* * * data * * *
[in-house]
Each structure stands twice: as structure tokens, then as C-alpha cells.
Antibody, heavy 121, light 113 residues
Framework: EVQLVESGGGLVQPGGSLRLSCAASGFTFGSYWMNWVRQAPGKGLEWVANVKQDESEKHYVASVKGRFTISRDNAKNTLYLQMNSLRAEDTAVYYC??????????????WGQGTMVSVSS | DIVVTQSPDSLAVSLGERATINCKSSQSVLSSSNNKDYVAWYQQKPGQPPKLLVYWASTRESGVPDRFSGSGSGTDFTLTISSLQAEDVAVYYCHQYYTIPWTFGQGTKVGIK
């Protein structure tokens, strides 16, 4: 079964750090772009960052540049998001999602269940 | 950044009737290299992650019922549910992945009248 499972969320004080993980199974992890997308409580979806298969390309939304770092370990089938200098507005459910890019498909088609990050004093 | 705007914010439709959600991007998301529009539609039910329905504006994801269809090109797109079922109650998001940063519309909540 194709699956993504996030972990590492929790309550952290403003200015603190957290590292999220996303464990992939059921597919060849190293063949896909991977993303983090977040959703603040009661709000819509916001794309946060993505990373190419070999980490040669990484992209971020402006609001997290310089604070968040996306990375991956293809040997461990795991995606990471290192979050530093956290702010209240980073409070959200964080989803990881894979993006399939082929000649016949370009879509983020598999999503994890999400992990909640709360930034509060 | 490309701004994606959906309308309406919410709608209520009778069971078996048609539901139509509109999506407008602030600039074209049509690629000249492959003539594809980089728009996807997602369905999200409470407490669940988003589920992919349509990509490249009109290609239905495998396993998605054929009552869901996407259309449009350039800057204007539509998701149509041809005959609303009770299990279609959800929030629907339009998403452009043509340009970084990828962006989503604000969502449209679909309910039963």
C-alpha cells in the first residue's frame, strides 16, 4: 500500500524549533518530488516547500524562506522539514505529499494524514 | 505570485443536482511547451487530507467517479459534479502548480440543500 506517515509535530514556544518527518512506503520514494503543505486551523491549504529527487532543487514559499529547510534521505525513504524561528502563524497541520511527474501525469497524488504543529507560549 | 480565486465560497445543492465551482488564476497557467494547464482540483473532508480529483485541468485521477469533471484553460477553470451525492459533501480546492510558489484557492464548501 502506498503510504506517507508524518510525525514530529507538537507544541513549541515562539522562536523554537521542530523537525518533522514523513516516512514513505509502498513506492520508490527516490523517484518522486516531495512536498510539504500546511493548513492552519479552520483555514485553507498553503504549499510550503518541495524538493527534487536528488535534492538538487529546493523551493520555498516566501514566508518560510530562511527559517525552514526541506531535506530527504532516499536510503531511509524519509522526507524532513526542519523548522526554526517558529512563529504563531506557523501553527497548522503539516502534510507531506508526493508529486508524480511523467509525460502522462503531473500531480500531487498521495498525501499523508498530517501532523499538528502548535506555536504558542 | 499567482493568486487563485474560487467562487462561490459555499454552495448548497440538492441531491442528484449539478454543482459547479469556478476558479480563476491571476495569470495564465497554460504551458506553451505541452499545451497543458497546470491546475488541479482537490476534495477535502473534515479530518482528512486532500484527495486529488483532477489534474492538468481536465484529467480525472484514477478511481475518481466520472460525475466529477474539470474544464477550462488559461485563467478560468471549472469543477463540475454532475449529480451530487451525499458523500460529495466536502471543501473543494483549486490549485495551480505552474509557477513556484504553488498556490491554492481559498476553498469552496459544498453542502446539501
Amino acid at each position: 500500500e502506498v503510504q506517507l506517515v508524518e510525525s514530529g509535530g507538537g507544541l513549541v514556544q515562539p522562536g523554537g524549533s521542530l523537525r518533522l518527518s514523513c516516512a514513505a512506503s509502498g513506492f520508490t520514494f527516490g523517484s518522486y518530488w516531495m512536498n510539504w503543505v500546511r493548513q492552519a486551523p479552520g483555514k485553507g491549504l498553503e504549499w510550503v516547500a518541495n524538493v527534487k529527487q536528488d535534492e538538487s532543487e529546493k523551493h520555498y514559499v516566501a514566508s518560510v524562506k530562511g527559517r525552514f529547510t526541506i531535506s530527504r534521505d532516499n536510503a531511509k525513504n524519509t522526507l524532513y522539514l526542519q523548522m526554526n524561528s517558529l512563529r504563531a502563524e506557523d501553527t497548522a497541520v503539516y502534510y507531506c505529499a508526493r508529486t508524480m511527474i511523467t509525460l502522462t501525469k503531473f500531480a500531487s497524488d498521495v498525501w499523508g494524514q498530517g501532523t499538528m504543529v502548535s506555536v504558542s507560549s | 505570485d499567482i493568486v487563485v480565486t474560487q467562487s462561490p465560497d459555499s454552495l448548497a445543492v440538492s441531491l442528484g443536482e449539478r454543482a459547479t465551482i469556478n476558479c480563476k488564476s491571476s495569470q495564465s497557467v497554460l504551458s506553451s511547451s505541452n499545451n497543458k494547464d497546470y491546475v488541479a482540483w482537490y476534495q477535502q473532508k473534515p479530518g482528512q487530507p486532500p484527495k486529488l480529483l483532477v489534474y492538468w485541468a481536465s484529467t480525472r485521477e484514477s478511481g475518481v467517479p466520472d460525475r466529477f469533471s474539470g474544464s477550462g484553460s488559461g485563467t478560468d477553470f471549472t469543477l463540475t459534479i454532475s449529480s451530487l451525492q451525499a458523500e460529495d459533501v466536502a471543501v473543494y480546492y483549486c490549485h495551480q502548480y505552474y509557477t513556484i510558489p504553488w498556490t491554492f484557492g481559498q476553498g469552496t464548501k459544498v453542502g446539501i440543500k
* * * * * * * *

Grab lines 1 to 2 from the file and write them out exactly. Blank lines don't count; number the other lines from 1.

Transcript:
[in-house]
Each structure stands twice: as structure tokens, then as C-alpha cells.